What Are the Different Types of Careers in Conflict Resolution?

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  • Written By: Jessica Ellis
  • Edited By: Bronwyn Harris
  • Last Modified Date: 10 November 2019
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Careers in conflict resolution can run the gamut from soothing student riots to slowing warring nations. With proper training and certification, careers in conflict management can be found in nearly every area of the professional world, including both the private and public sectors. Some of the different types of careers in conflict resolution include diplomatic postings, court mediation, crisis negotiation, and community dispute management.

Diplomatic work requires tact, assertiveness, and a deep understanding of culture and language. Many nations use diplomats to represent national interests in international conflict resolution. Careers in conflict resolution in the diplomatic field may also be non-governmental; many skilled mediators work for non-profit initiatives that promote peace, co-operation, and human services across borders. Diplomatic negotiators often have a strong background in law or international relations, travel frequently, and usually must speak multiple languages. Some of the tasks entrusted to diplomats include negotiating peace settlements or cease-fires, rebuilding international relations following a war, or implementing peacekeeping standards or recovery efforts after an internal conflict or natural disaster.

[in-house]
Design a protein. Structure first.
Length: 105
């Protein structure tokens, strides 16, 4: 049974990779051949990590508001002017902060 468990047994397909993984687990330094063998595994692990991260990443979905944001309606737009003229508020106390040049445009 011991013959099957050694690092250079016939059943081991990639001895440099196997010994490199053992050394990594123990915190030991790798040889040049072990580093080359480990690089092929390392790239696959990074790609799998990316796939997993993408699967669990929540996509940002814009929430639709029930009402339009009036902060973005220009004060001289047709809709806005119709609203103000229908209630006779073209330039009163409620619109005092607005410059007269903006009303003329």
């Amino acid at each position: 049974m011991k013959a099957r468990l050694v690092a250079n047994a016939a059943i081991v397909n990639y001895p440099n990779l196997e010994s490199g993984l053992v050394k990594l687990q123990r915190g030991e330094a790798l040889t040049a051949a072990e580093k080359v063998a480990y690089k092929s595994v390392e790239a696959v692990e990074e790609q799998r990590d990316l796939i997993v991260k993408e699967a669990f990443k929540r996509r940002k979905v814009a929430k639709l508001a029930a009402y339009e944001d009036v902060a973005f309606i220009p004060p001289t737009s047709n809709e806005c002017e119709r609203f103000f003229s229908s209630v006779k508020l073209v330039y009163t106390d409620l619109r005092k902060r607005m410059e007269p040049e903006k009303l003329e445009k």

Many careers in conflict resolution revolve around the justice system, especially in the area of mediation. Court mediators are frequently lawyers or at least legal professionals, and may be brought in to resolve some conflicts before they reach a trial. Custody and divorce settlements are two very common areas in which court mediators specialize, though many also handle business disputes, such as the dissolution of business partnerships.


Crisis negotiation careers are for mediators that perform well in stressful situations. Negotiators may work with police and military groups to handle hostage situations or stand-offs. In addition to staying cool under pressure, negotiators must be able to act according to the law to help peacefully resolve dangerous situations. Negotiators may also work with business or labor groups to help avert strikes, shutdowns, or other business crises. Many business negotiators work for governmental departments rather than for businesses or unions, so that they can maintain a neutral stance in a crisis.

There are many careers in conflict resolution that focus on the development and maintenance of a stable community. In these careers, mediators and negotiators handle disputes between diverse groups of citizens, private citizens and public officials, or businesses or organizations and the people of the community. Community mediators can help solve important civic questions while allowing all interested parties to have an opportunity to speak and be heard. This type of career may be very rewarding for dispute resolution professionals that want to use their skills on a grassroots level.


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